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Metabonomic Signature of Celiac Disease
Kathleen La Point
Kathleen LaPoint is a biomedical writer with a B.S. in Molecular Biology and an M.S. in Bacteriology from the University of Wisconsin - Madison.View all articles by Kathleen La Point
Celiac.com 12/23/2008 - Metabolites are small–molecule products of biochemical processes in the body’s cells. Analysis of these metabolites can detect changes in the body caused by chemical toxicity, disease, gene mutations, or diet. Bacteria in the gut also contribute to this “metabolic signature”, so it is also a way to understand changes in gut microbe populations.
Because metabolites are excreted from the cells into blood and urine, collecting these samples can be easy, noninvasive, and inexpensive. Chemical techniques like nuclear magnetic resonance (NMR) spectroscopy are used to analyze the samples. The results of NMR spectroscopy are chemical patterns, showing the simultaneous alterations of many compounds. The measurement and analysis of multiple metabolite changes in response to genetic changes or environmental stimuli is known as metabonomics.
Metabonomics has a number of potential applications. Ease of sample collection may enable researchers to develop a rapid screening tool for diseases like celiac disease. Using metabonomics, it is not necessary to know the specific metabolites that differ in people with a given disease (the disease biomarkers). Rather than looking for the presence or absence of a particular biomarker, the overall pattern of metabolite concentrations is compared to patterns of people known to have the disease (the metabolic signature of the disease) and patterns of people who do not have the disease. Large numbers of metabolites are analyzed simultaneously, instead of one by one, providing a snapshot into what is happening in the cells at a given time.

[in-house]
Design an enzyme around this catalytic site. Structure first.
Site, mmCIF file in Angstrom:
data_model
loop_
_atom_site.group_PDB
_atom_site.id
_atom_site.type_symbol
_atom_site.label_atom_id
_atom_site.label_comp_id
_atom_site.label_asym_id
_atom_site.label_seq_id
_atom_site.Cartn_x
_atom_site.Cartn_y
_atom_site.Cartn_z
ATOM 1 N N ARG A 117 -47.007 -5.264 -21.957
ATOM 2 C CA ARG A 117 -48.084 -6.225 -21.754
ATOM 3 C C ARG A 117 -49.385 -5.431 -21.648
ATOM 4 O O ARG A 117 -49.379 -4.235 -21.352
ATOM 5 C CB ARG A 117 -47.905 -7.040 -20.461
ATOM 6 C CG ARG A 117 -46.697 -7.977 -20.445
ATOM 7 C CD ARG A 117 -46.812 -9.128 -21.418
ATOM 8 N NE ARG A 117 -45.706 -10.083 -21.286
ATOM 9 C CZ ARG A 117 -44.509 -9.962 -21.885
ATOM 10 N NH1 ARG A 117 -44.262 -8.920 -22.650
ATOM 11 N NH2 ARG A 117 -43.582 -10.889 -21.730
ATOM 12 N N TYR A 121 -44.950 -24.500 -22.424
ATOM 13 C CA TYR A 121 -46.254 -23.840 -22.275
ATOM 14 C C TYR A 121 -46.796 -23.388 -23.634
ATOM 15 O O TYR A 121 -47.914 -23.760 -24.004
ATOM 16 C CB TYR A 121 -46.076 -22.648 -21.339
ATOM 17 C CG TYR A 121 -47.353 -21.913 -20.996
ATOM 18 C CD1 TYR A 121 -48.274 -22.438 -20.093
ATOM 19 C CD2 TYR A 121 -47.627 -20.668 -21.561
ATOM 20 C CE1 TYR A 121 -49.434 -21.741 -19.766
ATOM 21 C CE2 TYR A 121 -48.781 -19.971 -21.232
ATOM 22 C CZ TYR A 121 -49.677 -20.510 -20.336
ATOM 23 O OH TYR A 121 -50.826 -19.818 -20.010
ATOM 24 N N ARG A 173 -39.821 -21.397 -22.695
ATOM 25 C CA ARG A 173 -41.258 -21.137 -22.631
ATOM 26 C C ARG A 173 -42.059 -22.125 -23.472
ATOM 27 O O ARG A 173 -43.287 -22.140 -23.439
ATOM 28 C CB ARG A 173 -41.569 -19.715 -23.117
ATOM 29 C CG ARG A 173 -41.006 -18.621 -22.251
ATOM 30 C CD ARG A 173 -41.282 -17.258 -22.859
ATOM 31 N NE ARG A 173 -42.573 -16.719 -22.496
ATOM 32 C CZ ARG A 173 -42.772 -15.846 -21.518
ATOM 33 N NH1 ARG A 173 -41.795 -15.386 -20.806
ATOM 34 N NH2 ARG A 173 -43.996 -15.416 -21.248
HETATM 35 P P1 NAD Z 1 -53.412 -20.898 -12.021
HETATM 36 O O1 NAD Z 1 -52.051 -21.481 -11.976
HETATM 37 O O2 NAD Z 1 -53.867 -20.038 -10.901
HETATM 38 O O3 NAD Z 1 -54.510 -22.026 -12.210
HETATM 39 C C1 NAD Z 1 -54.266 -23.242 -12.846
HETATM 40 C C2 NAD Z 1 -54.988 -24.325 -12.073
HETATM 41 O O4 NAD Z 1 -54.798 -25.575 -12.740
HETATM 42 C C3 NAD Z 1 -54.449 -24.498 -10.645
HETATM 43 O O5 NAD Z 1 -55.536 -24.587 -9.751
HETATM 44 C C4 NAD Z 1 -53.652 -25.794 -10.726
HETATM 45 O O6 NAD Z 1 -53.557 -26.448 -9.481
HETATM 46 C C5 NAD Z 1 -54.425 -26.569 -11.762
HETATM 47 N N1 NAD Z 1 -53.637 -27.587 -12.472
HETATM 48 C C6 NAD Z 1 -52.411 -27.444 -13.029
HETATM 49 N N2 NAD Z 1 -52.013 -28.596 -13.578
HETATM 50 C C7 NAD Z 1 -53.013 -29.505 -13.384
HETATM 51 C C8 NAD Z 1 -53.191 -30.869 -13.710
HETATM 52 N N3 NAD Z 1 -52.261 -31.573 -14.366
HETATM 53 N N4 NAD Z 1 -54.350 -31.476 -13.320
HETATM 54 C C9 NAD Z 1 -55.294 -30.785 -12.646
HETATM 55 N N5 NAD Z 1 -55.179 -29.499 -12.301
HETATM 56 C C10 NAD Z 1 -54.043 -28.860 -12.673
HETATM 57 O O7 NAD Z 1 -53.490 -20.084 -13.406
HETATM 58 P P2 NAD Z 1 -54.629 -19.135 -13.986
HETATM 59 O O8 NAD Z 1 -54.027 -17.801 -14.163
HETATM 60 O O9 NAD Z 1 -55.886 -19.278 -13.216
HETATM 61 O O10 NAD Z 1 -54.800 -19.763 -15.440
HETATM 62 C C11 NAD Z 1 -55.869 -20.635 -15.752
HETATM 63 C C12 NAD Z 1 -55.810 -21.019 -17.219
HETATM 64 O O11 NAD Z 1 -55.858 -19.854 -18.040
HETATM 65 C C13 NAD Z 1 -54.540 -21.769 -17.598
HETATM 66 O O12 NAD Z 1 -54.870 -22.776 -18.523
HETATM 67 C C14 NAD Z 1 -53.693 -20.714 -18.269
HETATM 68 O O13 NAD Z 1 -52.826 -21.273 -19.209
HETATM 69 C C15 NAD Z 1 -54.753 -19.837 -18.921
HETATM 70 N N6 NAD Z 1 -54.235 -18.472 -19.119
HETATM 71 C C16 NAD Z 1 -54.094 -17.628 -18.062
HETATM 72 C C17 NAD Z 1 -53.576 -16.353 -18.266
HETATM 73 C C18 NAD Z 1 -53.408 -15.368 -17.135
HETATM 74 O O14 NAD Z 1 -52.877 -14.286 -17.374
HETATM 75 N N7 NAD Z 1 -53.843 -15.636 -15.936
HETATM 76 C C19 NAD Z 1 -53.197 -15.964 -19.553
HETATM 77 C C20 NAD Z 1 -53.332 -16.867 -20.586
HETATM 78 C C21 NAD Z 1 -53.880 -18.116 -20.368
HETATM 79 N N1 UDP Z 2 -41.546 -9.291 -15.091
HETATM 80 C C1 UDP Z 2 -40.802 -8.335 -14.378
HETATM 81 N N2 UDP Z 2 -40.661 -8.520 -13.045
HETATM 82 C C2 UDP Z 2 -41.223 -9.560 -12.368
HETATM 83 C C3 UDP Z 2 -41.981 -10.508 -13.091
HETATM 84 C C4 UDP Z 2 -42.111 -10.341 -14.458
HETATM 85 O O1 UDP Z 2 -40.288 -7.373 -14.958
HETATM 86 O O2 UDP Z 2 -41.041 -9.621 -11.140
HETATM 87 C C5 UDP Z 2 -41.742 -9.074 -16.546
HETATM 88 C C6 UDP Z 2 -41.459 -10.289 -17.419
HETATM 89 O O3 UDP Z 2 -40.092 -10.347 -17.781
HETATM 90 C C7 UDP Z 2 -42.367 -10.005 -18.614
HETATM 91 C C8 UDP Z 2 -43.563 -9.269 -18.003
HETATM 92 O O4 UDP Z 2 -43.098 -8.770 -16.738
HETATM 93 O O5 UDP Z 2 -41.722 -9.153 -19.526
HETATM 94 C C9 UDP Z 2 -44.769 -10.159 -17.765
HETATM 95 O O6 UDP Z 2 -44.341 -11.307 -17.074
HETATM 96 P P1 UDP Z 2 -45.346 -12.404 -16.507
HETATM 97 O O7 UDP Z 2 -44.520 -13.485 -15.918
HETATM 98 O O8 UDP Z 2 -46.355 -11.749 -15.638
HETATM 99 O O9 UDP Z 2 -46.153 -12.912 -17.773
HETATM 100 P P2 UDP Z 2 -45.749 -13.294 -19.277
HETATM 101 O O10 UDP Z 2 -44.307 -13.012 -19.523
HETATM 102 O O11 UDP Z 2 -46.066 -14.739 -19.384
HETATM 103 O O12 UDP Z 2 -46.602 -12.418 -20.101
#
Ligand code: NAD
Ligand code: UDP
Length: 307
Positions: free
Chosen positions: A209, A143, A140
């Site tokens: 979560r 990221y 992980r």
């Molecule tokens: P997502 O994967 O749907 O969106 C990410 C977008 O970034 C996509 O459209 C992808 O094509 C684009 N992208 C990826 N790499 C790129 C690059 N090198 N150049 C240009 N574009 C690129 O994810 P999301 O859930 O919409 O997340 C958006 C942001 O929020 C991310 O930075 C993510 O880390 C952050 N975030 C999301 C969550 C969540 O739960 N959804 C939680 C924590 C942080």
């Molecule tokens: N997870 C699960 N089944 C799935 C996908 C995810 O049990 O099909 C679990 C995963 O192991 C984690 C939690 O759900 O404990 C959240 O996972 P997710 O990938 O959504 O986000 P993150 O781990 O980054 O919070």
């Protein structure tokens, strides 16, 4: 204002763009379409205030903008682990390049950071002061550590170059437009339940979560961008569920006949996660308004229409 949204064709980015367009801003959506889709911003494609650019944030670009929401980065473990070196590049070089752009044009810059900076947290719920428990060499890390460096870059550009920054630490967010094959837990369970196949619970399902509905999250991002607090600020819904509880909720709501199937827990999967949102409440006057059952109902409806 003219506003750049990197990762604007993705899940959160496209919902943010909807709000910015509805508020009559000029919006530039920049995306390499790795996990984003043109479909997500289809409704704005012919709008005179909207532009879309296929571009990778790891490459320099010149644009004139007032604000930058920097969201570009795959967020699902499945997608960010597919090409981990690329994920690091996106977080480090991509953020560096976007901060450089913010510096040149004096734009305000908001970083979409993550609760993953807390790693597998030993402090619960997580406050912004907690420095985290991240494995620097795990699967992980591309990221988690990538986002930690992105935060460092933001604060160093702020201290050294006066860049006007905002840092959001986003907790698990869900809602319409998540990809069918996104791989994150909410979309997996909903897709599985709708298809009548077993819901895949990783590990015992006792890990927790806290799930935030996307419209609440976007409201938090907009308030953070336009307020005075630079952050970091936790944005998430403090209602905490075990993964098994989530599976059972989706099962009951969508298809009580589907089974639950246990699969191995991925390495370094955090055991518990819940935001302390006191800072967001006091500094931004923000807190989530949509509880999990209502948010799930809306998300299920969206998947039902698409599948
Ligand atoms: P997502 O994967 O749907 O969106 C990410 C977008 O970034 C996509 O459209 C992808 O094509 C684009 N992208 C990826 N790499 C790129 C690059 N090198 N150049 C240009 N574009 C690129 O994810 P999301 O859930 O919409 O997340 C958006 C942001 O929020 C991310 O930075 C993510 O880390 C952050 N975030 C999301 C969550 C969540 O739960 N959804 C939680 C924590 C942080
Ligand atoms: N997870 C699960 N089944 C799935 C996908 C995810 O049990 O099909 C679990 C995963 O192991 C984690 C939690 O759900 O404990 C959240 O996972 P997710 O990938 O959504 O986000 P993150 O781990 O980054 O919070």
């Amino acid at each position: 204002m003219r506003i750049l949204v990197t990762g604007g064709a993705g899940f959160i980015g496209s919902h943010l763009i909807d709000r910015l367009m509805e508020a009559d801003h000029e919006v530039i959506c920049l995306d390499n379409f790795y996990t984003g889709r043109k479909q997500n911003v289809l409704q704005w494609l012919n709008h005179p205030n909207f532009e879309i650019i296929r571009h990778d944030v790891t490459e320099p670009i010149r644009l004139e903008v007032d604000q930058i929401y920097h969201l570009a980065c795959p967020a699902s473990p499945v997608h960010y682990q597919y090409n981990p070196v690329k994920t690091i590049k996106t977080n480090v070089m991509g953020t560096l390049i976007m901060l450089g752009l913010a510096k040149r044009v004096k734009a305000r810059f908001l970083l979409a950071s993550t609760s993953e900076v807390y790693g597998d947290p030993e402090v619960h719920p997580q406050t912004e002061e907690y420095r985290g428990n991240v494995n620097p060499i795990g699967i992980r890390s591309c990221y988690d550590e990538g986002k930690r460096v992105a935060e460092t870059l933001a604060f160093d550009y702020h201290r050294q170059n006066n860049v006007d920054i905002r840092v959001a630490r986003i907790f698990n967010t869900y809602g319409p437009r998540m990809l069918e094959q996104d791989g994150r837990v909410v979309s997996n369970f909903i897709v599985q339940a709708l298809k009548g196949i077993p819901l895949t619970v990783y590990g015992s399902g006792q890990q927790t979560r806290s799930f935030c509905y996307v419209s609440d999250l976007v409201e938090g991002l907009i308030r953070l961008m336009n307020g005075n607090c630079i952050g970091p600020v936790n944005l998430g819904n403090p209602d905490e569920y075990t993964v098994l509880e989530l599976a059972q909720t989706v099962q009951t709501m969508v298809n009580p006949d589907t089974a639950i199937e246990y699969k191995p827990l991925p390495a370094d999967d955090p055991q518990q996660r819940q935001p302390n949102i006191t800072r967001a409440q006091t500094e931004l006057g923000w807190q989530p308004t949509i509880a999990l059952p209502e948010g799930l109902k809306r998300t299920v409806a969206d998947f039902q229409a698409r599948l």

In this first study to investigate the metabonomic signature of celiac disease, blood and urine samples of 34 people with celiac disease were analyzed at the time of diagnosis, which was based on antibody tests and confirmed with biopsies of the small intestine. These patterns were compared to the metabolite patterns of 34 people without celiac disease. Using blood samples, researchers were able to predict celiac disease up to 83% of the time. Analysis of urine samples gave accuracy of about 70%.
These accuracy rates are lower than those achieved with antibody tests, but this is only the first small study and refining the techniques may significantly improve accuracy rates. In addition, analyzing the metabolic signature may lead to a greater understanding of celiac disease and the cause of its various symptoms. For example, results from this study included lower levels of some metabolites such as pyruvate (a product of glucose breakdown) coupled with elevated levels of other metabolites such as glucose and 3-hydroxybutyric acid (a by-product of fat breakdown) in people with celiac disease.
These results suggest a possible explanation for chronic fatigue experienced by up to 87% of patients with celiac disease—a possible impairment in the body’s ability to use glucose for energy. As expected, evidence of altered gut bacteria was also found, as were an increase in metabolites that indicate an increased intestinal permeability (“leaky gut”). After 12 months of a strict gluten-free diet, these altered metabolite patterns reverted to normal.
Metabonomics is an emerging field of study, which like genomics, holds great promise in the understanding, diagnosis, and treatment of diseases like celiac disease.
Bertini I, et al. The metabonomic signature of celiac disease. Journal of Proteome Research. 2008 Dec 11 [Epub ahead of print]
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